4) What have you learned through this experience?

That it’s okay to not be okay. That I can’t control the outcome of situations and can only do my best to stay authentic to me (Happy, Healthy and Mindful). That Fear and Anxiety don’t need to run my life, but they are emotions that can be validated and not hid from.

5) What do you hold on to for hope/courage/strength on your bad days?

I would joke often in the beginning that I was “taking a sad day”. Sometimes I just needed to stay in bed and wallow, cry, binge Netflix, and that was okay. Eventually I would get to a point and think, “If Kinsley was watching me right now, what would she think?”. I hold on to a lot of hope that I’m moving forward in honour of her, not without her. That she would want her parents to live a full life, filled with love, happiness and adventure!

6) In three words describe yourself before/during/after miscarriage (in miscarriage specific situations)?




7) In what ways has your experience with infertility/miscarriage changed you as a person?

It has made me more self-aware. It has taught me to trust my intuition and honour the feelings I have. It’s okay to look after yourself and put yourself first sometimes. So many times we worry about what others think, and there are times where you have to do what’s best for you. This experience has also made me and my relationship resilient. I don’t particularly like being called “strong” -- but I do find comfort in knowing I am resilient.

8) How have others responded to your infertility situations? Has it impacted your relationships? What are some things you’ve been told that have been helpful/harmful?

Some relationships have shifted, often I’ve come to realize, it’s more because people get into their own heads. As humans a lot of us have a hard time just listening and not offering solutions or advice. It’s the hardest thing to just say, “I can imagine this is hard for you” or “I’m sorry you are dealing with these emotions but I’m here for you”. Often the empty, “Is there anything I can do?” is hurtful, because you just expect the people you love to step up. There were so many people who surprised us, and some that let us down, but we’ve come to realize that it’s all part of the process. I can imagine that all of these relationships will change again as life moves forward.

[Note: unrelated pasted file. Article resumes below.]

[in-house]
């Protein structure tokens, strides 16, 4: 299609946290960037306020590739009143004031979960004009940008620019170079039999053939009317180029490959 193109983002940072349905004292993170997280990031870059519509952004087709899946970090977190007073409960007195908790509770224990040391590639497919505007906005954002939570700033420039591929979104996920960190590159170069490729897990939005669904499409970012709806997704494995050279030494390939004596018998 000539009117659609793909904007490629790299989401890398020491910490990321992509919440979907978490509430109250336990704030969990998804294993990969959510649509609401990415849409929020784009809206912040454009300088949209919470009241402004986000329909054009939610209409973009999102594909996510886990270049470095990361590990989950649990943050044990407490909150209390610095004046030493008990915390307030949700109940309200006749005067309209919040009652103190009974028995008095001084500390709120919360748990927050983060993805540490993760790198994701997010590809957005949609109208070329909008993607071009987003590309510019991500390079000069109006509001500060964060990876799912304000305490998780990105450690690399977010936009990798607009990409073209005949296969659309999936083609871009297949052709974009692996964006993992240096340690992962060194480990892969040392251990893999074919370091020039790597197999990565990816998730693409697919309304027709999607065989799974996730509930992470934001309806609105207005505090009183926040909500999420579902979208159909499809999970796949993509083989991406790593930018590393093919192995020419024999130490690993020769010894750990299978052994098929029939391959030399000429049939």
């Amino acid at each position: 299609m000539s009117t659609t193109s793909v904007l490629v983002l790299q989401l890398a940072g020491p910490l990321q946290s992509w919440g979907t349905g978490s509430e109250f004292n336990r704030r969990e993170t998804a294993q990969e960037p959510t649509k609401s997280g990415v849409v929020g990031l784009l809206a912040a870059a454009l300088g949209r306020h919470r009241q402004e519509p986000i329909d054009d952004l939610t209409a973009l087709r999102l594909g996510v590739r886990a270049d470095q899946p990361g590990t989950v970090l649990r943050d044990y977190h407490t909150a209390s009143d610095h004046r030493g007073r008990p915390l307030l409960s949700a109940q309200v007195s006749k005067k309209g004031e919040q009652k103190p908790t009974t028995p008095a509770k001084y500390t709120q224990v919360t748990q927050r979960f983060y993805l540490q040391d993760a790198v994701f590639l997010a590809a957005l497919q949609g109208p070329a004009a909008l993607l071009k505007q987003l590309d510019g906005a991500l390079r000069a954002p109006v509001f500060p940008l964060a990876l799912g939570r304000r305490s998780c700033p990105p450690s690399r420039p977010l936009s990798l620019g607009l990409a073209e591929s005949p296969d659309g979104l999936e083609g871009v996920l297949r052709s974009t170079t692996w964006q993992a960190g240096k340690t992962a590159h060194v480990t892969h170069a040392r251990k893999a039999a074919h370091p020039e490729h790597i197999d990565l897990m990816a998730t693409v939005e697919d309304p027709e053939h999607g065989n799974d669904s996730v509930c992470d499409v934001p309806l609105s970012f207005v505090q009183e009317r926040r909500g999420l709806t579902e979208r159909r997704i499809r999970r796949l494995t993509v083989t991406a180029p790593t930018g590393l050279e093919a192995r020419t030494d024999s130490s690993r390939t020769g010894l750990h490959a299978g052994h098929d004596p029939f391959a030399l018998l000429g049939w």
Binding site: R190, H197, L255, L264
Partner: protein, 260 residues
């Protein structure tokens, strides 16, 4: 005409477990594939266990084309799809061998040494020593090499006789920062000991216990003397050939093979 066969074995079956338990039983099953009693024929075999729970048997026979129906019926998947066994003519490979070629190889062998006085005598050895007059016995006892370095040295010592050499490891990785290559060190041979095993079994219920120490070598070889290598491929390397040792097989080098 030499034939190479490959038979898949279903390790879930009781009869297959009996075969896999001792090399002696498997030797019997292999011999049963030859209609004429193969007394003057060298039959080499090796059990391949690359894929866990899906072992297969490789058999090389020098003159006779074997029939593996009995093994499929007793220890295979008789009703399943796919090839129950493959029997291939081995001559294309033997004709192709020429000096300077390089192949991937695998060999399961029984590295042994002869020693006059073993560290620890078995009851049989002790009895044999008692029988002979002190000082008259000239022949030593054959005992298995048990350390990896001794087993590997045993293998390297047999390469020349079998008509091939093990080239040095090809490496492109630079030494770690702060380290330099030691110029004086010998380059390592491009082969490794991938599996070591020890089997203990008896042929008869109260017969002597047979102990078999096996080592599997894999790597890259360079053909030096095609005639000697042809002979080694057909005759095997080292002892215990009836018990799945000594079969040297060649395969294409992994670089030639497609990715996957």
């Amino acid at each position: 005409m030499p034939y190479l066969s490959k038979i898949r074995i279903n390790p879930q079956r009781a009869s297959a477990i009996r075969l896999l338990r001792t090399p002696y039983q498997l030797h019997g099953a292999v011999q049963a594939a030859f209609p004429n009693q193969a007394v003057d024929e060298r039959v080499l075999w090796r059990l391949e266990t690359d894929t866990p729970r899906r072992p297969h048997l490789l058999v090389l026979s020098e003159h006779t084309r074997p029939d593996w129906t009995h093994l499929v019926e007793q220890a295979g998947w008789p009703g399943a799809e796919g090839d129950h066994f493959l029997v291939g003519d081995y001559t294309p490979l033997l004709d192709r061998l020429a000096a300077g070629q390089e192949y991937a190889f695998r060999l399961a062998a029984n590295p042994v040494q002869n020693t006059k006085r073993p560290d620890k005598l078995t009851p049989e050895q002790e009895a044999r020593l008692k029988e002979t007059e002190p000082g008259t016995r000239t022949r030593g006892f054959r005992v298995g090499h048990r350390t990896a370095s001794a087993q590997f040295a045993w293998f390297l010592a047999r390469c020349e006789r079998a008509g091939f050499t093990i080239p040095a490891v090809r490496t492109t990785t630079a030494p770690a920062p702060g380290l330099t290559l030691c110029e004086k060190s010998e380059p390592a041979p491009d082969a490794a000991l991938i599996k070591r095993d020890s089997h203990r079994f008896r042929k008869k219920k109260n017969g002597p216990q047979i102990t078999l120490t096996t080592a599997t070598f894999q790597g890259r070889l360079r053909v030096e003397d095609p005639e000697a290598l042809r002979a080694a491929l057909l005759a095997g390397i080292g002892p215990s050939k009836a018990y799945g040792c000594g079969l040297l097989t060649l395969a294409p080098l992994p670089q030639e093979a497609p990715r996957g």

A few times I’ve been told, “It’ll get easier when there’s another baby” or the “What do you mean you had to go through labour?”. That for me is the worst. It’s a realization that many people don’t see Kinsley as a person who was here, that we physically met and held. That we talked to, loved and had to give back. That the idea that in the future as our family grows, losing her will be any easier. I don’t think it gets easier, but I do think it gets more manageable. She’ll always be our first baby and a figment of our imaginations. A lifelong wonder and dream.

9) Tell us about you. What are your hobbies/passions/pursuits?

I am a middle school teacher -- and adore my job!

I love to dance (a lifelong hobby that I’ve picked up again after this experience).

One day I’d love to write a book about my experience in the hopes that it will reach someone who is living through an experience much like ours. Reading always helps me.

11) What is your favourite quote?

“Flecti Non Frangi” in Latin means “To be bent but not broken”